A member with the national carrier's team that pitched for the airline to become a member of the Star Alliance said Air India's entry into the alliance could see additional passenger revenue of anywhere between Rs 150 crore to Rs 400 crore, as per conservative estimates of the airline. An industry expert however said that since the FAA downgrades were done according to the International Civil Aviation Organization (ICAO) Regulations, a specialised agency of the UN, a move by other regulatory bodies especially from European Union could hurt the national carrier's capacity to raise additional revenues by being a member of Star Alliance.
At present 28 airlines are part of Star Alliance. Among these, 11 airlines hail from Europe, 7 from Asia, 6 from North and South America, 3 from Africa and one from New Zealand. After entering the Star Alliance, Air India is set to make money through code share with European airlines. But the moment EASA downgrades DGCA, no European carrier would enter into a code sharing agreement with the national carrier, the expert said.
We will have to wait and see whether the regulators from other countries downgrade DGCA or not. This would be a political move as many of the countries, who could potentially downgrade DGCA for failing to comply by the ICAO regulations, want more market access and bilateral ties with India. So we will be in a bargaining position and decisions by other regulators to downgrade us will be taken after a lot of considerations, he added.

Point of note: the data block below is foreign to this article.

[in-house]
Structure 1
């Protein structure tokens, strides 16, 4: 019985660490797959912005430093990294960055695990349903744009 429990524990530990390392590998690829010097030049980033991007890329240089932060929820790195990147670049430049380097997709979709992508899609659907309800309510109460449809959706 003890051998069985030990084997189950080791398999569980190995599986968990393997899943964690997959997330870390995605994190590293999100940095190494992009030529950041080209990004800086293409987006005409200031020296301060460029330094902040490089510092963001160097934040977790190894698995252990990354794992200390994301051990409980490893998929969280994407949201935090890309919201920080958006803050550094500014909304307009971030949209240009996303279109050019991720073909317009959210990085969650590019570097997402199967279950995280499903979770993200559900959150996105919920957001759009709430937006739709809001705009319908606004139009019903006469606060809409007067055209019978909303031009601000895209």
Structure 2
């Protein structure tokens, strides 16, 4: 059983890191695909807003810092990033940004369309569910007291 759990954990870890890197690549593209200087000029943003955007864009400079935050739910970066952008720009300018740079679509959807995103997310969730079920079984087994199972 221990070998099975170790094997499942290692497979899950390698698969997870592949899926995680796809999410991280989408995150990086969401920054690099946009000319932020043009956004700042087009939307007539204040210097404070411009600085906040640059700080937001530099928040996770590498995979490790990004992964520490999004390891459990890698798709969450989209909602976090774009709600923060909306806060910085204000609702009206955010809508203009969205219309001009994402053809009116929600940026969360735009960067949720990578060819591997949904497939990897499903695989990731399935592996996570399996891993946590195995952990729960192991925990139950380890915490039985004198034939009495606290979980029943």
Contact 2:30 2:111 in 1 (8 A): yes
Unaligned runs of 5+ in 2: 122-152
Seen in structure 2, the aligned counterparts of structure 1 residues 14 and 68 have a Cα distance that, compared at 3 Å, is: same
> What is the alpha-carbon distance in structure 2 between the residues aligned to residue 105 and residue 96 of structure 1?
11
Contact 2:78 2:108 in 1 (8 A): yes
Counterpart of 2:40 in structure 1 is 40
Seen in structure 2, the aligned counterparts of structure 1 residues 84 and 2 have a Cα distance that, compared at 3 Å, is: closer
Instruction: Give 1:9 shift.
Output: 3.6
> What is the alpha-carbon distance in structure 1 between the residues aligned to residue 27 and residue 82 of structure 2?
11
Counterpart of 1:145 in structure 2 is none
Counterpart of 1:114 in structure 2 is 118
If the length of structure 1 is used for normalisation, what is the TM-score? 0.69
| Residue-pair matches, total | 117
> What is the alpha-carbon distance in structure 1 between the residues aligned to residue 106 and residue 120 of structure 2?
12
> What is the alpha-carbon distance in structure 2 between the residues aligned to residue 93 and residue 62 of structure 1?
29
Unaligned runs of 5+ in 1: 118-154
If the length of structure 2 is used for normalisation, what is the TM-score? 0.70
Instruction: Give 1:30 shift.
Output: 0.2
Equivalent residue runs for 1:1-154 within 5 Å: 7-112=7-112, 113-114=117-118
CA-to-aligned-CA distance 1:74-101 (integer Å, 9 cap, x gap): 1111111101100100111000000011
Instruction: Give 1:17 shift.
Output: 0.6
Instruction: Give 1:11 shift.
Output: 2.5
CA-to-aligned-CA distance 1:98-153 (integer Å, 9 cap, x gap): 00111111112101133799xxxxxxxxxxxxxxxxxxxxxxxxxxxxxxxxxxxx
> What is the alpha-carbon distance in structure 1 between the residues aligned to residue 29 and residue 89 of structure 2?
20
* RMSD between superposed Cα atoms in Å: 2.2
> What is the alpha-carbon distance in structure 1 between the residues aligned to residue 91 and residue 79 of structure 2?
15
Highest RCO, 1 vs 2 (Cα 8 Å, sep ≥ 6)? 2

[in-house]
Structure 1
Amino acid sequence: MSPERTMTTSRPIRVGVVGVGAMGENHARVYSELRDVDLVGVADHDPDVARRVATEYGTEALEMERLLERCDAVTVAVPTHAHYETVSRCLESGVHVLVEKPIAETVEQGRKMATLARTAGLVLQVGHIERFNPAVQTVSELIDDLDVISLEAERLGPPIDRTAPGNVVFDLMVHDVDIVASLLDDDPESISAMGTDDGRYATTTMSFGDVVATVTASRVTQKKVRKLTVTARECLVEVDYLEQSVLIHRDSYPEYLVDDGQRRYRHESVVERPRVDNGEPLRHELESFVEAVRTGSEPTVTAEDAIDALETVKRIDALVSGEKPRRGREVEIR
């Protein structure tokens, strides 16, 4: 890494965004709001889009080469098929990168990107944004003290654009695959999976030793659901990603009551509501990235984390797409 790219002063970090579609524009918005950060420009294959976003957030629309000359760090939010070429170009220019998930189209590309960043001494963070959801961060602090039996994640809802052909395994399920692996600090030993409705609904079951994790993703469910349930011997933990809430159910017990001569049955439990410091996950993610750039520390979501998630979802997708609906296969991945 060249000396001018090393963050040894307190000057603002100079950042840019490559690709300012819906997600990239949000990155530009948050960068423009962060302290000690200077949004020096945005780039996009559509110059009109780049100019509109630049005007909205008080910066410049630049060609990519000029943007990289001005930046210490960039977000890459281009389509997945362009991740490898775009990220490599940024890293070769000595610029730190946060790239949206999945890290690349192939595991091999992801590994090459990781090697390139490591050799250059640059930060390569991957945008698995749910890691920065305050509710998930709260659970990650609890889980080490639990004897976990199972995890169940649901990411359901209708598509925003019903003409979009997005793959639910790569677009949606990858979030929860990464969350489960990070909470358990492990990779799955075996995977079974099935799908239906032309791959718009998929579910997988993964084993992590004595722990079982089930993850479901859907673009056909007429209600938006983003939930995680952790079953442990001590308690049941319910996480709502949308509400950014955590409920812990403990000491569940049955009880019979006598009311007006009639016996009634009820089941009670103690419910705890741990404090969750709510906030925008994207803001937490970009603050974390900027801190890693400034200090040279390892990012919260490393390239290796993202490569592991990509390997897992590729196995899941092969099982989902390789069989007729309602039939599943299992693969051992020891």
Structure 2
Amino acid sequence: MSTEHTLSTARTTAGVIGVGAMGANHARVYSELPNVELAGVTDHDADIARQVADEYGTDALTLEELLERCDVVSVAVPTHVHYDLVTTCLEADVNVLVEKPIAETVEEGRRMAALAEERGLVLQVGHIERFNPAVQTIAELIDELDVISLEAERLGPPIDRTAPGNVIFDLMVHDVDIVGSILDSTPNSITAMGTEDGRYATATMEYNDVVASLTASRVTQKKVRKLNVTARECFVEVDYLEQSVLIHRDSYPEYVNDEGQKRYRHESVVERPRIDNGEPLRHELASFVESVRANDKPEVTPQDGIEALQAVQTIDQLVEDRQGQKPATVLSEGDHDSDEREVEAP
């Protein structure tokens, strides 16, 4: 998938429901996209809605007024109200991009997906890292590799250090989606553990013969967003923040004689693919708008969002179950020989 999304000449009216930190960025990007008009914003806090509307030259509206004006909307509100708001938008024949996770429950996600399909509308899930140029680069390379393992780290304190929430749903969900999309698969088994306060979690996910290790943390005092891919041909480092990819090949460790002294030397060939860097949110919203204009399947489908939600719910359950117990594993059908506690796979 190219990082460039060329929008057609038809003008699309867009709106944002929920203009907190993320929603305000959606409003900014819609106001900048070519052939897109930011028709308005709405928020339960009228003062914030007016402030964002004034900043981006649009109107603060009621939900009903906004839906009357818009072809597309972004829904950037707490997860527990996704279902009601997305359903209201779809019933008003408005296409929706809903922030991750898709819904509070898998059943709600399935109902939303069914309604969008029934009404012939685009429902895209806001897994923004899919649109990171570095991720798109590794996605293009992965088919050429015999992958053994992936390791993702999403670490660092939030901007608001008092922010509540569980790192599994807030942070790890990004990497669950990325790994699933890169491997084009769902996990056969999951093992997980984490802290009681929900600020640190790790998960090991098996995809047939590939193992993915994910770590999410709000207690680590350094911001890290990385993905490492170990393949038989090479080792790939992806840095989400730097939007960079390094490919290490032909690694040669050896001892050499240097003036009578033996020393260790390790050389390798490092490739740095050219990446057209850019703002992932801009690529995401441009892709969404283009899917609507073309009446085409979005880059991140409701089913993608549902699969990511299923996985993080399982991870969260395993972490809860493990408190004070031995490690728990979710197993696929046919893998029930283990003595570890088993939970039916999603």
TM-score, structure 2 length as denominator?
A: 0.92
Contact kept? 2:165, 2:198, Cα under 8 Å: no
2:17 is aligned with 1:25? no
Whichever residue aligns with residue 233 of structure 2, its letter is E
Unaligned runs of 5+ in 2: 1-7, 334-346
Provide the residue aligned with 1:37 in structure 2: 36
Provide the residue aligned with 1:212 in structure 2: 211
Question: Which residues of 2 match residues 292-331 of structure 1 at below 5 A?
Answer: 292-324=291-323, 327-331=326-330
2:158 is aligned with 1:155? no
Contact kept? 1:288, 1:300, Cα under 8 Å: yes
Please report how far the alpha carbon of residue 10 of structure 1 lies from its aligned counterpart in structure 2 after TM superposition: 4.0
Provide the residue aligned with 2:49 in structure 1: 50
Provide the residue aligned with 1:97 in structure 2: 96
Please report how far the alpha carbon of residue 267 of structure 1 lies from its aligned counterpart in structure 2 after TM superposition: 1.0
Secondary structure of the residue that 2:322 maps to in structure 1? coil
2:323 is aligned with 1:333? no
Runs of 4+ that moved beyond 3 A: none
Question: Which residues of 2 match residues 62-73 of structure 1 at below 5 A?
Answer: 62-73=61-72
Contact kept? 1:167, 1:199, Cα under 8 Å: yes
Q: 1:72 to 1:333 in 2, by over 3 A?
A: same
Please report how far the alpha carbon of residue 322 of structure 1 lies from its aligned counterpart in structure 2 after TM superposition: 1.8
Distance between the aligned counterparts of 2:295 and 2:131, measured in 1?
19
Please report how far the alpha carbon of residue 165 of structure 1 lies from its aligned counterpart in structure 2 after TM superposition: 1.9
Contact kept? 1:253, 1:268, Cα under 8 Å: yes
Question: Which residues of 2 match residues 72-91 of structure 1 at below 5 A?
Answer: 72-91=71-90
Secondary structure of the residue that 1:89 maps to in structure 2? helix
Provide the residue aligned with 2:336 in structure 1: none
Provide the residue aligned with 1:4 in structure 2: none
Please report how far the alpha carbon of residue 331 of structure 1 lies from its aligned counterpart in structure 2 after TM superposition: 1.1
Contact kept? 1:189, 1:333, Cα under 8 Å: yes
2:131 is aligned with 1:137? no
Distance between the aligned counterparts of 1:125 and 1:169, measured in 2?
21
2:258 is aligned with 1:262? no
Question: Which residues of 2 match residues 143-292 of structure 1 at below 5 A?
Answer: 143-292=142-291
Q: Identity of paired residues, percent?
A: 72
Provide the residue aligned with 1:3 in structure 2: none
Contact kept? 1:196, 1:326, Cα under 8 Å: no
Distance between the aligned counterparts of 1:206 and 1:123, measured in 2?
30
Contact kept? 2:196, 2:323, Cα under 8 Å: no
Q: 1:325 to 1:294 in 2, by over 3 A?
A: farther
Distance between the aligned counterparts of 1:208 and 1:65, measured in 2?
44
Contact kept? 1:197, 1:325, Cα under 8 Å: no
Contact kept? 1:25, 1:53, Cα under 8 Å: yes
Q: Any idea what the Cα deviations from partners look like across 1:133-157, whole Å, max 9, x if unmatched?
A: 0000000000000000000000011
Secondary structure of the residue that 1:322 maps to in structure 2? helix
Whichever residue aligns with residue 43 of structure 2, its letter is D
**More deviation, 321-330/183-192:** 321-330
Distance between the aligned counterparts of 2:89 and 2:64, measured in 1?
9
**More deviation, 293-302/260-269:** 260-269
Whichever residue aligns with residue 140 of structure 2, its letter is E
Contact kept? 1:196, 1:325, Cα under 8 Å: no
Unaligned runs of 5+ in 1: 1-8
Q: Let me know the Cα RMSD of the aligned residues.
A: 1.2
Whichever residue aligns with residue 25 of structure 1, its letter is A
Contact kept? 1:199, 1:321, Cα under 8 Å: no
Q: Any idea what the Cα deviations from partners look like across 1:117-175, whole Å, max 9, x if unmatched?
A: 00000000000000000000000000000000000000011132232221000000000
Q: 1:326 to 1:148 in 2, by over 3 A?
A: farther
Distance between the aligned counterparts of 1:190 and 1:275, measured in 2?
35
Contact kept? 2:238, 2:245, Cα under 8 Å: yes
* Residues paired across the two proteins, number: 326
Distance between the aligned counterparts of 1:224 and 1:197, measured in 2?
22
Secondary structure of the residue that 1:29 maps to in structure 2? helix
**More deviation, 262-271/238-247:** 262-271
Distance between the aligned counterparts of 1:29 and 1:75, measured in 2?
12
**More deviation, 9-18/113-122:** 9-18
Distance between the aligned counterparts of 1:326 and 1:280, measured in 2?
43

A former executive director with Air India also acknowledged that if the European Union decides to downgrade DGCA, the future plans to code share with European airlines would be affected.
There is no bar of having code sharing agreement with European carriers now. But, if European Union decides to downgrade DGCA, this wouldn't be the case anymore, he added.
Safety regulators in EU (EASA), Singapore (CAAS), Japan (CAB), UAE (GCAA) may follow suit. This puts paid to Air Indias likely membership of the Star Alliance, added Amber Dubey, Partner and Head - Aerospace and Defence at global consultancy KPMG.
The official mentioned above, who's a part Air India's team which pitched for a position in Star Alliance, however, said that currently the national carriers plans to enter Star Alliance, are going according to plan. "Air India is currently working on integrating its processes with those of Star Alliance members. And we are hopeful that this integration should be completed by summer this year, the official added.
An entry into Star Alliance means Air India could capitalize on frequent flyer mileage points, code sharing which would lead to a wider choice of flights and access to facilities at over 1,000 lounges worldwide for its passengers. The Star Alliance network currently offers 21,900 daily flights to 1328 airports in 195 countries.
Four regulators that FE got in touch with EASA(European Union), CAAS (Singapore), CAB(Japan) (CAB), and GCAA (UAE) were not available for comment. Emails sent to them were not answered.
However, The EU Air Safety Committee is set to study the issue (DGCA downgrade) at its next meeting in March, Bloomberg reported on Monday.
Meanwhile, aviation minister Ajit Singh at a recent conference said he is hopeful of DGCA regaining its Category 1 status by March.
"We are hopeful that when we complete the training of the inspection officers by March, the FAA will review this. As soon as it is established that we have met all the requirements, India can regain its position, Singh said at a press conference last Friday.